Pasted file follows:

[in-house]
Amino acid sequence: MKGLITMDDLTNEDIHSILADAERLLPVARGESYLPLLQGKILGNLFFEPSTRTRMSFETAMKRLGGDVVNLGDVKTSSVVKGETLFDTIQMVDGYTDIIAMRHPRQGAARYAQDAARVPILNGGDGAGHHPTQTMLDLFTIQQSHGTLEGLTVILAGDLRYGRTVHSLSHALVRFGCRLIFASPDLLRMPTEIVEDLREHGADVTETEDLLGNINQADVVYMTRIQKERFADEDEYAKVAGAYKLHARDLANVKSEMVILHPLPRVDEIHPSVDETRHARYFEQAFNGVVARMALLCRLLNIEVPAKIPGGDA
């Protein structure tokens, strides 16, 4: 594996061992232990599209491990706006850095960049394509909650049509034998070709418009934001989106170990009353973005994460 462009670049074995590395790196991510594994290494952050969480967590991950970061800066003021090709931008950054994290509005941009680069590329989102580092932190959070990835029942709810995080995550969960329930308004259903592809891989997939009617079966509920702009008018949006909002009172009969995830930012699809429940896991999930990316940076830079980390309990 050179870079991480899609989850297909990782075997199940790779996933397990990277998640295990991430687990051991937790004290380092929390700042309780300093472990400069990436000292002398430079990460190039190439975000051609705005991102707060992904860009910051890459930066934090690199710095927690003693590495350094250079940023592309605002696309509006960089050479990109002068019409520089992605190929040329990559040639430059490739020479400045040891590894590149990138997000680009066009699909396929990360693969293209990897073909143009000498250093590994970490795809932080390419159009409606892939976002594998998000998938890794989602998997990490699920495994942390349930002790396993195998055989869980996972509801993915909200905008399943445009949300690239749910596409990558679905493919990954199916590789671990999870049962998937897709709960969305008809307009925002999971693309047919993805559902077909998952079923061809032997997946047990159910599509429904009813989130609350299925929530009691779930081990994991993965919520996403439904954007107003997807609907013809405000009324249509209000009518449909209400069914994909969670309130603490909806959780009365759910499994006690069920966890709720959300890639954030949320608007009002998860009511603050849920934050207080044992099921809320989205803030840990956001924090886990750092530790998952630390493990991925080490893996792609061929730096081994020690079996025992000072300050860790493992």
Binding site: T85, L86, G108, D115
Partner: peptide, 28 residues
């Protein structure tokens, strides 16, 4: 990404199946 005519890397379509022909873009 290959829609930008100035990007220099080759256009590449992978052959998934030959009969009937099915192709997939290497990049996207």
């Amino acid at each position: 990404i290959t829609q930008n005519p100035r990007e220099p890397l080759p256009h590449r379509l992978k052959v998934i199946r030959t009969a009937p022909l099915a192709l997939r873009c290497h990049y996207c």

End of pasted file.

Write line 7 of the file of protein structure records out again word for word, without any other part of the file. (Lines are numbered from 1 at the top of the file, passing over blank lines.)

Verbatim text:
């Amino acid at each position: 990404i290959t829609q930008n005519p100035r990007e220099p890397l080759p256009h590449r379509l992978k052959v998934i199946r030959t009969a009937p022909l099915a192709l997939r873009c290497h990049y996207c």